The Finch household usually consisted of four people, but when Aunt Alexandra came there were five.
Atticus’s wife died when Scout was two years old. As a result, Scout “never felt her absence,” but Atticus and Jem did miss her. Atticus never remarried, and instead raised his two children as single father. He did have help though, in the form of Calpurnia.
Calpurnia was the fourth member of the Finch household. She was an African-American housekeeper who served as a surrogate mother to the Finch children. Atticus relied on her completely. Atticus explains to Aunt Alexandra that his children never suffered from being brought up by Cal.
If anything, she's been harder on them in some ways than a mother would have been... she's never let them get away with anything, she's never indulged them the way most colored nurses do. She tried to bring them up according to her lights, and Cal's lights are pretty good- and another thing, the children love her." (ch 14)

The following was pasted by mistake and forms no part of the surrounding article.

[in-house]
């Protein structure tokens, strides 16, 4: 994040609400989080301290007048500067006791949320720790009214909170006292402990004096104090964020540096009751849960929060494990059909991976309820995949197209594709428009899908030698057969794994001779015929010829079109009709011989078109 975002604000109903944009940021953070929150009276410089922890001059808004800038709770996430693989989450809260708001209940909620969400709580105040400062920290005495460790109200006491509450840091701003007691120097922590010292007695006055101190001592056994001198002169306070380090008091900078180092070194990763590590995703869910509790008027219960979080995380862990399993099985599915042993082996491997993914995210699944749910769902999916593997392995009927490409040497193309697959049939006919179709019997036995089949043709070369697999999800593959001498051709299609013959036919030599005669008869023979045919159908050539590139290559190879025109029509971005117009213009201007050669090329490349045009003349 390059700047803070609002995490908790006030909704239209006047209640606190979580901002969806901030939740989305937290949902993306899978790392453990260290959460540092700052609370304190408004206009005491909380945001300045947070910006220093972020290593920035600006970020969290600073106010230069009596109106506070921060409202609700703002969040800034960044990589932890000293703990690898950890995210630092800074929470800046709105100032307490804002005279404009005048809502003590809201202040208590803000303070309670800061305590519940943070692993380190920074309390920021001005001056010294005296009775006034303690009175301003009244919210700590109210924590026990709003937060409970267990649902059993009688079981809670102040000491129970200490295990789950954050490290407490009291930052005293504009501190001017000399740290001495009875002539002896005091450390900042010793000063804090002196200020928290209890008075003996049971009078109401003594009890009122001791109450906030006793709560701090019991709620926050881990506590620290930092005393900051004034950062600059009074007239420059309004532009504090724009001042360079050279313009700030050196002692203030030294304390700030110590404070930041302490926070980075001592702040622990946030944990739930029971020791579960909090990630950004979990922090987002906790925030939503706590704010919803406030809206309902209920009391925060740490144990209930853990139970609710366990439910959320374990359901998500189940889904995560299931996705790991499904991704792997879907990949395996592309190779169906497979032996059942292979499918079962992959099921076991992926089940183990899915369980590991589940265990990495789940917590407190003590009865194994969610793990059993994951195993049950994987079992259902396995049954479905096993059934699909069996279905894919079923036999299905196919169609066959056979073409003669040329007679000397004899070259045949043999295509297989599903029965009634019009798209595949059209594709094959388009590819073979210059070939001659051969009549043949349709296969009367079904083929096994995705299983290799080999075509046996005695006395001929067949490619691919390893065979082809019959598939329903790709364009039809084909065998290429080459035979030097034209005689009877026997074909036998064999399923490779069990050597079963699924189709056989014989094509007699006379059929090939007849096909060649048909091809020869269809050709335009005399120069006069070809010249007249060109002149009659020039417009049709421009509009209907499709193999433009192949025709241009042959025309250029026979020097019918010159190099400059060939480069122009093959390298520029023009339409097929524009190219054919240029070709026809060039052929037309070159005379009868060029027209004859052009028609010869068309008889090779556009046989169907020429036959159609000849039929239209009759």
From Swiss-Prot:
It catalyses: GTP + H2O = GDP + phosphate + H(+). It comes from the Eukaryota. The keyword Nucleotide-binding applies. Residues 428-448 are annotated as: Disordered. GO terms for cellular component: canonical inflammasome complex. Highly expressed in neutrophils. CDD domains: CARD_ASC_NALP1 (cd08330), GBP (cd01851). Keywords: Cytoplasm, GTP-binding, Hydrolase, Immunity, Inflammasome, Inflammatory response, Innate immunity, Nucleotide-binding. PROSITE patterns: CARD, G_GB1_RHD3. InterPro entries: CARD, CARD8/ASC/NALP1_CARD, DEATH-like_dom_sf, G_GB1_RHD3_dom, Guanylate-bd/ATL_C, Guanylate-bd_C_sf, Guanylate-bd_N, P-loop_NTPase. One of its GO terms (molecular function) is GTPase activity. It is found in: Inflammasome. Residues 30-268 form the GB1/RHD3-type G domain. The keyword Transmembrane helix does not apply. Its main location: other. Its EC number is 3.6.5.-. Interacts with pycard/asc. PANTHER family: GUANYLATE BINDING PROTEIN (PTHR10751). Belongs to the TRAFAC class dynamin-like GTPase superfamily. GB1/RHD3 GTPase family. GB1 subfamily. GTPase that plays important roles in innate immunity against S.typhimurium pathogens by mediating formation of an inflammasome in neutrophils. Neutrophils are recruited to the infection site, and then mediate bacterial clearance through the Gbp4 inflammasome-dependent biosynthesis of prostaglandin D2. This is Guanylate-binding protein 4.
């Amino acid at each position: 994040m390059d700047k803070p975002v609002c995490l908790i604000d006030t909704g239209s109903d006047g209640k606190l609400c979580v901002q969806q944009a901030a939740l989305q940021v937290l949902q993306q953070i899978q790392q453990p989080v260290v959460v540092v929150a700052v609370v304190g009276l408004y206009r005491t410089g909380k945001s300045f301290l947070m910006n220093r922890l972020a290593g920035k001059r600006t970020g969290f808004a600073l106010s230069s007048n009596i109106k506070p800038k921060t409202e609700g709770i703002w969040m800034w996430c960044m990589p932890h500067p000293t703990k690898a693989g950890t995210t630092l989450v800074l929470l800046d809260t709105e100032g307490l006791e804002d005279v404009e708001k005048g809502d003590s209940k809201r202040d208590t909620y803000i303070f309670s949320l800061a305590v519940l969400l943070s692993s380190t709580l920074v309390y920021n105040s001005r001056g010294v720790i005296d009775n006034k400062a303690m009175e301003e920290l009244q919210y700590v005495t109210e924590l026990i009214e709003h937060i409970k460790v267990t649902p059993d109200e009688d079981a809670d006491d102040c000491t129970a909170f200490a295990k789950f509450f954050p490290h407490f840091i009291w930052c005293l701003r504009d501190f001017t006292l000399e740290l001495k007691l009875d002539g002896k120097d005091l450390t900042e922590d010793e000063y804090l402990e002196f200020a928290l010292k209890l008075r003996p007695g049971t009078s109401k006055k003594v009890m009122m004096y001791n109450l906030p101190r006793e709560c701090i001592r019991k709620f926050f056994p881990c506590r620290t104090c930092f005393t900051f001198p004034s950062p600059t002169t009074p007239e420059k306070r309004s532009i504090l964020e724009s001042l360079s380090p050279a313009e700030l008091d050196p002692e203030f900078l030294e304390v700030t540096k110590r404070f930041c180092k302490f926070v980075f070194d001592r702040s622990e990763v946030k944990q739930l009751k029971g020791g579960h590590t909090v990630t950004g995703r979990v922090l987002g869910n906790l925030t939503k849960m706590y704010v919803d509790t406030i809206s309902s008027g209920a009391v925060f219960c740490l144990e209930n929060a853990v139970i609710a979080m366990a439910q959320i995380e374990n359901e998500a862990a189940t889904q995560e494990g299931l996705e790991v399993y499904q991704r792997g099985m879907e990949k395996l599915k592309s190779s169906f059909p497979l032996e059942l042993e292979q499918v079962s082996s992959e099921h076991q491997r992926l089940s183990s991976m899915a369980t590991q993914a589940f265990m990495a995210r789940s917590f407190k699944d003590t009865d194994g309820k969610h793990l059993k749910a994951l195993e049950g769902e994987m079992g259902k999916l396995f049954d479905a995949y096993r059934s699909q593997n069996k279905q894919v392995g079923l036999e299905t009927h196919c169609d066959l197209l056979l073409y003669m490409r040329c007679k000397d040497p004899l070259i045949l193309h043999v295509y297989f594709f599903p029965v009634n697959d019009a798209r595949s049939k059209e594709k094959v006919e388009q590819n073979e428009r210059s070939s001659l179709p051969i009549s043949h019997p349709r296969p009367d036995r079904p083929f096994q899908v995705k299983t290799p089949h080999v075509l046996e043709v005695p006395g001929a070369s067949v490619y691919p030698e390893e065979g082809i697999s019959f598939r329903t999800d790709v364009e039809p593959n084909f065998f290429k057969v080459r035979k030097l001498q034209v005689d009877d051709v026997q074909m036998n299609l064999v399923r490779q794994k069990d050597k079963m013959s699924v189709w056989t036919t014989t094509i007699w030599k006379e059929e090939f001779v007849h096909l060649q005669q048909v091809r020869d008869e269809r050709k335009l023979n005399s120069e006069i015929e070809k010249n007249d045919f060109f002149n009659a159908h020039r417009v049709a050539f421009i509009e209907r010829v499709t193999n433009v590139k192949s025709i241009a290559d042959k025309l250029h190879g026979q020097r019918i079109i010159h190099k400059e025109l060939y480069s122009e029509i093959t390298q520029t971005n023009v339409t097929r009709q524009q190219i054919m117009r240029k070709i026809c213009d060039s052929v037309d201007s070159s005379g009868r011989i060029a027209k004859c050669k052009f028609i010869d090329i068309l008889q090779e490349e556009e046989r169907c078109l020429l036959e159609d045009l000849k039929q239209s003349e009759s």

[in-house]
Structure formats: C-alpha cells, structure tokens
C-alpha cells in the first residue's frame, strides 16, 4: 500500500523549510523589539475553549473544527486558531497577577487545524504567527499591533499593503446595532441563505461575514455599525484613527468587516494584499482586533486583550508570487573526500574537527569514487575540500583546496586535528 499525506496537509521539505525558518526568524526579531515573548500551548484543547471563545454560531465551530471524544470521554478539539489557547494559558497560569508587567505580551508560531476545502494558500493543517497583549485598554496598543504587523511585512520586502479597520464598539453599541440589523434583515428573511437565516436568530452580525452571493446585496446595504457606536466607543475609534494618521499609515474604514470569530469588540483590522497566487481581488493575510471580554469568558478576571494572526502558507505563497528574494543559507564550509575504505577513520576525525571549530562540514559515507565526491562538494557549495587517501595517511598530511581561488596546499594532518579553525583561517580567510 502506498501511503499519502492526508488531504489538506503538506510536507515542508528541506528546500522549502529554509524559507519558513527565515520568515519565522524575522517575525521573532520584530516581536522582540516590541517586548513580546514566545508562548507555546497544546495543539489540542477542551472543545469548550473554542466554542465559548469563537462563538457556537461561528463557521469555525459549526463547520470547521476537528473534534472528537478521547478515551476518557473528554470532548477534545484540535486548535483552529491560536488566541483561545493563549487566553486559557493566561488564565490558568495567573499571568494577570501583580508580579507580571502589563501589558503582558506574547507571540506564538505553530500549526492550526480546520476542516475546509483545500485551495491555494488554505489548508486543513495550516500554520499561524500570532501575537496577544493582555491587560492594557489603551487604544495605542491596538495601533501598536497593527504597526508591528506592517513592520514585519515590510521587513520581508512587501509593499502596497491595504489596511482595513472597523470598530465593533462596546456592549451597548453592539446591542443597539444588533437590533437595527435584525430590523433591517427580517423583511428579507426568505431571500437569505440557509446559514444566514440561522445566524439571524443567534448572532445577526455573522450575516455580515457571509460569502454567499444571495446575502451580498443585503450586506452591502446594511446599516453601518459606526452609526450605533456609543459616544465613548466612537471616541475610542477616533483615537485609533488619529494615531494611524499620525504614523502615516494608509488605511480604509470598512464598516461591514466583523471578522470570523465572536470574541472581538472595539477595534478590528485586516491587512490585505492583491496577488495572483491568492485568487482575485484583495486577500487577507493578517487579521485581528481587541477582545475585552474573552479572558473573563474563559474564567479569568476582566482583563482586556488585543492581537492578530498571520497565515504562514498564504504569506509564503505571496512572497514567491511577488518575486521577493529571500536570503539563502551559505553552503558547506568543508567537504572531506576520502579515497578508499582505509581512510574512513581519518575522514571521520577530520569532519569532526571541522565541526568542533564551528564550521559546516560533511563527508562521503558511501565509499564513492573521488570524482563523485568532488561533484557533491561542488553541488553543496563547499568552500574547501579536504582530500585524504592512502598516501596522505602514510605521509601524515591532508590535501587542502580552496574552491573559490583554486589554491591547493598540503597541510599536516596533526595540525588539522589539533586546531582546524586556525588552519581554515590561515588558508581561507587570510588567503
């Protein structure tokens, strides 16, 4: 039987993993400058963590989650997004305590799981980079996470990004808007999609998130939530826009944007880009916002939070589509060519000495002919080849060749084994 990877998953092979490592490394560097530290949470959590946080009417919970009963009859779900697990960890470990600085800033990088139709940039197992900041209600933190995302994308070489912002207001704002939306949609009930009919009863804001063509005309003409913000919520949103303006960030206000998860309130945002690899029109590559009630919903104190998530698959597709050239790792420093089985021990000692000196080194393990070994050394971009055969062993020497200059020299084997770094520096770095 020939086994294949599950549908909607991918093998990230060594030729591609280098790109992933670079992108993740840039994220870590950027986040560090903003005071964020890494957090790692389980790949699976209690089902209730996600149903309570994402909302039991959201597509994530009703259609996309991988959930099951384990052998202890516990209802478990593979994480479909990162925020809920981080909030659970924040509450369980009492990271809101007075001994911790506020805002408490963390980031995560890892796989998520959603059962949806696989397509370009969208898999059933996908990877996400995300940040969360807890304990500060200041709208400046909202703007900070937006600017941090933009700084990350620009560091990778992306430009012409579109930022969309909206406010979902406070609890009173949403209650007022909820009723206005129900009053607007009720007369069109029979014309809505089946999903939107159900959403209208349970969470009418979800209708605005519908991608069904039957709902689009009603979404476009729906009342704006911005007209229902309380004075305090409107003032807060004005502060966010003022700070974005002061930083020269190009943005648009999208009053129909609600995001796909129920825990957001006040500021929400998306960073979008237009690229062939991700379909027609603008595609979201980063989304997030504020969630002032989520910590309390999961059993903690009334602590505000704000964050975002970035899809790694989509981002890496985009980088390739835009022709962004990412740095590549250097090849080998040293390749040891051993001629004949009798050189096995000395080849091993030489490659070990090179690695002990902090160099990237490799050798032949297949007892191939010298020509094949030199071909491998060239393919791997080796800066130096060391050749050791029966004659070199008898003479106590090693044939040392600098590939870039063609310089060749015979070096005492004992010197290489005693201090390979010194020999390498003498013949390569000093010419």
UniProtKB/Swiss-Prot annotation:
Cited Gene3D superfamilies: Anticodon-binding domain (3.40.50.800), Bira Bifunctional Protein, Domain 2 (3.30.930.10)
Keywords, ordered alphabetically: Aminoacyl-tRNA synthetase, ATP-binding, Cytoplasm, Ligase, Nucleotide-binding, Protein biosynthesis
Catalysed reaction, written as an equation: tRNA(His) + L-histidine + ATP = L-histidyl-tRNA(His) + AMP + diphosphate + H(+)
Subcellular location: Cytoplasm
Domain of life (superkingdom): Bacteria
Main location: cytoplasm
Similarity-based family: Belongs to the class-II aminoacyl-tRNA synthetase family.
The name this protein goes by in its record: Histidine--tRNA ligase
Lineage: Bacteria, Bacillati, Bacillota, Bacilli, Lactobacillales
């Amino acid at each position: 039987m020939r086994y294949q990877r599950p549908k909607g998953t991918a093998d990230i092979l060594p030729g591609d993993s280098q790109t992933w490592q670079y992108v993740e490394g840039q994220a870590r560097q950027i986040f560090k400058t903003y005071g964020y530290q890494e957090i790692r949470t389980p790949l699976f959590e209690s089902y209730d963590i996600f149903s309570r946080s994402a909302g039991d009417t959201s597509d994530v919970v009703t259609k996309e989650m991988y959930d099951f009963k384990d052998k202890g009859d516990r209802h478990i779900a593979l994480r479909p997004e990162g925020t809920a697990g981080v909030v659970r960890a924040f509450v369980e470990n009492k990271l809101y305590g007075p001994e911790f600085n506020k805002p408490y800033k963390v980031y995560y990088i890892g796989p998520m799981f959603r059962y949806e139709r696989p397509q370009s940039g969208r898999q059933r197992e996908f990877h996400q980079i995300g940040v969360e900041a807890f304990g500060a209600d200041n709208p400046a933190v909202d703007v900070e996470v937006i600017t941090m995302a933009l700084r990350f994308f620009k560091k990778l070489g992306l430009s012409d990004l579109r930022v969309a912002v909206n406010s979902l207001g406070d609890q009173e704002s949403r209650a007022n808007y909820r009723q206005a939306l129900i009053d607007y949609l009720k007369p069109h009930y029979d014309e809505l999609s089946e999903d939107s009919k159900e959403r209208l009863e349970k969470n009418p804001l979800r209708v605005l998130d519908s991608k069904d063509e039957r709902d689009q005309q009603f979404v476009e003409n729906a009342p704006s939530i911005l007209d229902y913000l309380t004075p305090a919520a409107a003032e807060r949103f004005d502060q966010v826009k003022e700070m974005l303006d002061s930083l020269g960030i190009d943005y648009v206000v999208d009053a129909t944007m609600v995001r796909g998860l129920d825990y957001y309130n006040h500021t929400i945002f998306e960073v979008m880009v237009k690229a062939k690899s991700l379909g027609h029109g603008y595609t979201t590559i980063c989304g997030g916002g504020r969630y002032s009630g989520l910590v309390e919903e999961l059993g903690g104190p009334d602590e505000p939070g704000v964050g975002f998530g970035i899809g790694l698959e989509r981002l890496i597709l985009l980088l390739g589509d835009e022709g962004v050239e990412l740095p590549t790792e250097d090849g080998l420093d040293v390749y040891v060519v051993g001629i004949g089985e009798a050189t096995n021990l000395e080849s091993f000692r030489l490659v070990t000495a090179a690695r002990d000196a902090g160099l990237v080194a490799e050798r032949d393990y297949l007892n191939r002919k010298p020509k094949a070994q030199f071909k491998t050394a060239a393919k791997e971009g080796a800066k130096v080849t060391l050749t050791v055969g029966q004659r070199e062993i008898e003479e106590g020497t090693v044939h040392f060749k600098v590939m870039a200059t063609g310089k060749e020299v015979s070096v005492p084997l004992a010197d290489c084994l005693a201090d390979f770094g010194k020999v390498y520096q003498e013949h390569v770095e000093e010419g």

When Aunt Alexandra comes, she upsets the balance of the household some. Besides wanting Calpurnia to leave, she also does not agree with how Atticus raises Jem and Scout. She wants them to be raised to know their place in society as “Fine Folk,” when Atticus just wants them to learn to be good people.